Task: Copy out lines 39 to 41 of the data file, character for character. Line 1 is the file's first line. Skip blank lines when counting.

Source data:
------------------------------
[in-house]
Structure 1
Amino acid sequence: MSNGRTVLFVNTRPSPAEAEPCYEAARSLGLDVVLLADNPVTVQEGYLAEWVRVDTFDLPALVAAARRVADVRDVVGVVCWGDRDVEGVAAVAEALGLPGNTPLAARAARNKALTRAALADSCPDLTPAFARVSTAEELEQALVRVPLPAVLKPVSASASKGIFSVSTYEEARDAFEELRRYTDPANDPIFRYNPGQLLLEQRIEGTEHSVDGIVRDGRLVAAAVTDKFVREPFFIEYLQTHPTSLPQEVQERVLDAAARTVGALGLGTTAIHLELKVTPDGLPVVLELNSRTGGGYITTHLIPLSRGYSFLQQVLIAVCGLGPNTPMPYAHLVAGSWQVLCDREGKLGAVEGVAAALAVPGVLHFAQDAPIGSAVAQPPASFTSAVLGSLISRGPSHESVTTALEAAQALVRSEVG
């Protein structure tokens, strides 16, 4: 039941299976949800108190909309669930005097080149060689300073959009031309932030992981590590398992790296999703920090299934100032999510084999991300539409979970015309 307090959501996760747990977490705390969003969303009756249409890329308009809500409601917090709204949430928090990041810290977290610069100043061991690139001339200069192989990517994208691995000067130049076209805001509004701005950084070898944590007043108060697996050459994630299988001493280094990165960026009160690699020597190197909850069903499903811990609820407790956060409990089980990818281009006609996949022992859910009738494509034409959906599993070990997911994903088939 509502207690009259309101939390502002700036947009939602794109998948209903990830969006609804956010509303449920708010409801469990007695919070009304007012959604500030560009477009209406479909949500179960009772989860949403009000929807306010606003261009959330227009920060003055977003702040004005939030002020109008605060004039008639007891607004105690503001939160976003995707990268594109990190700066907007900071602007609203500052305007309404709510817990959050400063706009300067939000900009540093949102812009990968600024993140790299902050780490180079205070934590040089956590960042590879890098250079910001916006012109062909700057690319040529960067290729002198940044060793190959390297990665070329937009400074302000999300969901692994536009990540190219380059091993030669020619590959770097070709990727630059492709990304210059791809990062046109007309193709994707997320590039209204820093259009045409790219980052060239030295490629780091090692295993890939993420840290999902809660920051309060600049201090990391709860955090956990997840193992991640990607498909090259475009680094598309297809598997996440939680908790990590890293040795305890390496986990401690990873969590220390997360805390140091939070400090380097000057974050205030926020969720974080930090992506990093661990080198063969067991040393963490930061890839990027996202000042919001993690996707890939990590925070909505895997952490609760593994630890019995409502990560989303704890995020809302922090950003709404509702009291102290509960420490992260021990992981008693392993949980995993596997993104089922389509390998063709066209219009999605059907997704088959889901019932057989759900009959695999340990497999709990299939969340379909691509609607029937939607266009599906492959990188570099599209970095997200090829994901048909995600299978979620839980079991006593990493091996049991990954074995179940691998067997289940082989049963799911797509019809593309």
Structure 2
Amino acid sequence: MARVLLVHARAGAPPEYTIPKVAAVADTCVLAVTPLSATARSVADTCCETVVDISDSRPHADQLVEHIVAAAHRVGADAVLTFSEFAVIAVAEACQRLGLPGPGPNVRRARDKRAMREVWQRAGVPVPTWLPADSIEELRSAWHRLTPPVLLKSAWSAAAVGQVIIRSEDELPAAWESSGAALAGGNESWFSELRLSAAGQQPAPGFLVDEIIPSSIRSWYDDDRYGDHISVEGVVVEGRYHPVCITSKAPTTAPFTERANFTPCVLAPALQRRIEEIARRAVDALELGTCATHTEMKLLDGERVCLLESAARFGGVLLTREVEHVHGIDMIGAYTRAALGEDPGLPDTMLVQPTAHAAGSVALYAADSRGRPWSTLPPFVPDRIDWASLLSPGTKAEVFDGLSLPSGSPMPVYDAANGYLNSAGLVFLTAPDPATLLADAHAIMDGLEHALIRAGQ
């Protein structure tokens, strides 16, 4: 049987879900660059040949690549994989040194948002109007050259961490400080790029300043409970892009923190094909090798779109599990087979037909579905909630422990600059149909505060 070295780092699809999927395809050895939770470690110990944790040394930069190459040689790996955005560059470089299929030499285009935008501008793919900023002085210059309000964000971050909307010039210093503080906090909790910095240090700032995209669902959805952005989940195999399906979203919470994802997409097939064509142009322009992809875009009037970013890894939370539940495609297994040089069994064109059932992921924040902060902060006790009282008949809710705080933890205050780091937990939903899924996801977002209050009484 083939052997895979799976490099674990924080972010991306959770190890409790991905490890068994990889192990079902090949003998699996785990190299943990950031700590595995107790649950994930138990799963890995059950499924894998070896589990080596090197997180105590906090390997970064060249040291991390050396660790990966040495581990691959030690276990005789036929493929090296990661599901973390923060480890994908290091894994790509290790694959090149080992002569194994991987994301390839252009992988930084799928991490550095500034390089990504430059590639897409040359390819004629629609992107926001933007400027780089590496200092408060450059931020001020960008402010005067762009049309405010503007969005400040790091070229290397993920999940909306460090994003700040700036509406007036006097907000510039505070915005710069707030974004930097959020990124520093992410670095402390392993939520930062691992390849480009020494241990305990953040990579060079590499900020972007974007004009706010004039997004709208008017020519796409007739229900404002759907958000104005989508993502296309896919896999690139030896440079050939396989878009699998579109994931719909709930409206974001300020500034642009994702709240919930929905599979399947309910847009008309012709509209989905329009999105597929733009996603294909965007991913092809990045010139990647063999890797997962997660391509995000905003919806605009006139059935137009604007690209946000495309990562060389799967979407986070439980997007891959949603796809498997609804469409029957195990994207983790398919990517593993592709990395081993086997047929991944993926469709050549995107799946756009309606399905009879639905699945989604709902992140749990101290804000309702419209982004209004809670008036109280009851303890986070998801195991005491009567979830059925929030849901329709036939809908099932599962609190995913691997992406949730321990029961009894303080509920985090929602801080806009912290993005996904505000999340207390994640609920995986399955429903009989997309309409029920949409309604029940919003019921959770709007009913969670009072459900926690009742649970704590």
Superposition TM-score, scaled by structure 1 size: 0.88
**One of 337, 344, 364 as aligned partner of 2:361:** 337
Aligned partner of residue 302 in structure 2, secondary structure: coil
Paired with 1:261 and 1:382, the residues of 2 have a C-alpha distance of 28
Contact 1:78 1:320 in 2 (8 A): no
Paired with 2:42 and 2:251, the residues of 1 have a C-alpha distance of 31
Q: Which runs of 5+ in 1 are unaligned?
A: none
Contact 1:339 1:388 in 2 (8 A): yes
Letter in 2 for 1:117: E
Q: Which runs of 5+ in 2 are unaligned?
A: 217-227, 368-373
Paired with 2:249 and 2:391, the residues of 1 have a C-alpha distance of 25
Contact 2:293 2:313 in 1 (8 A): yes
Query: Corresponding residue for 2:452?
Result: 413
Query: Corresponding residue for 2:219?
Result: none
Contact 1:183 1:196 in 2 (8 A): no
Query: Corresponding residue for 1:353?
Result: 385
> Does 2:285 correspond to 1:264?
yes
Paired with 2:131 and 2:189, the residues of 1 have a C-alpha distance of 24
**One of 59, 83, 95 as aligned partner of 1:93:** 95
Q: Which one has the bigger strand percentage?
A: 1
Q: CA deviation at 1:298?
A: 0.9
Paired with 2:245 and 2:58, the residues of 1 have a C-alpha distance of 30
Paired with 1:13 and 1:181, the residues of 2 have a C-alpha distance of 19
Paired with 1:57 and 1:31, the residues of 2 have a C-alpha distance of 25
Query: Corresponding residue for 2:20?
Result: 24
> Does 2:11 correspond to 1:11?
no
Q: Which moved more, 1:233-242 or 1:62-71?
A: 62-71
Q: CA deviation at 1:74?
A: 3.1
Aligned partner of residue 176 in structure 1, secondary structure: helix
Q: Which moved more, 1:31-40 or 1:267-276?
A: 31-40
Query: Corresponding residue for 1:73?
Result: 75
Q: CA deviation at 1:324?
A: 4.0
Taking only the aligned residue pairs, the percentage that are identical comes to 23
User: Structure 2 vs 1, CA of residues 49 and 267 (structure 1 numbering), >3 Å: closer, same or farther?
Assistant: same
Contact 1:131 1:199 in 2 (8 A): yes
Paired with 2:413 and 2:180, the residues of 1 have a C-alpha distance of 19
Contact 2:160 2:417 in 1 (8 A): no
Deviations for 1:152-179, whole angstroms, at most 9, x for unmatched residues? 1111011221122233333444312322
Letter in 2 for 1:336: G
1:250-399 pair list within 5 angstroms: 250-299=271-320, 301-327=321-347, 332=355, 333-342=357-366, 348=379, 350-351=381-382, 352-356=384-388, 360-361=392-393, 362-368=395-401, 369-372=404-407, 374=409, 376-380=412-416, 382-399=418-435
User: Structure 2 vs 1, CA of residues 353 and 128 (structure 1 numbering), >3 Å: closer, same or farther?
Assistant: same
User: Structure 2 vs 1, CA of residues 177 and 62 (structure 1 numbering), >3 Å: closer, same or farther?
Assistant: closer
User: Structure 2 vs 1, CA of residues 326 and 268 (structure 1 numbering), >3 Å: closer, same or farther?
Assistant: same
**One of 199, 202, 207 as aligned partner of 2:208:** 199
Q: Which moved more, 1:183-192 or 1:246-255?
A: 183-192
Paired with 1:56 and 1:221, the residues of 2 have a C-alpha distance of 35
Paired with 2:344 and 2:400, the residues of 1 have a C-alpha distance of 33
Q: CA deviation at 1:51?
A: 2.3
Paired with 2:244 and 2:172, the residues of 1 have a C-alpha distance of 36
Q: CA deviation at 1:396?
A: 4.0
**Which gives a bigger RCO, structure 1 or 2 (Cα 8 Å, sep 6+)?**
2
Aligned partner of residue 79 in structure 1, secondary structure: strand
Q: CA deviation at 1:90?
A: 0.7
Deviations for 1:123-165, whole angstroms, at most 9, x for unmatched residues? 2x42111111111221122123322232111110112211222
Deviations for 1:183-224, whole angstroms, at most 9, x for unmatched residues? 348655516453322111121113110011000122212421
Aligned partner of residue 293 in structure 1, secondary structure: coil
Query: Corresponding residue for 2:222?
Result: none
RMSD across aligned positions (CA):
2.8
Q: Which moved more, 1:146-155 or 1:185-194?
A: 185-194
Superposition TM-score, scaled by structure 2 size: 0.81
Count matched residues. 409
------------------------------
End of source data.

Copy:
Paired with 1:57 and 1:31, the residues of 2 have a C-alpha distance of 25
Query: Corresponding residue for 2:20?
Result: 24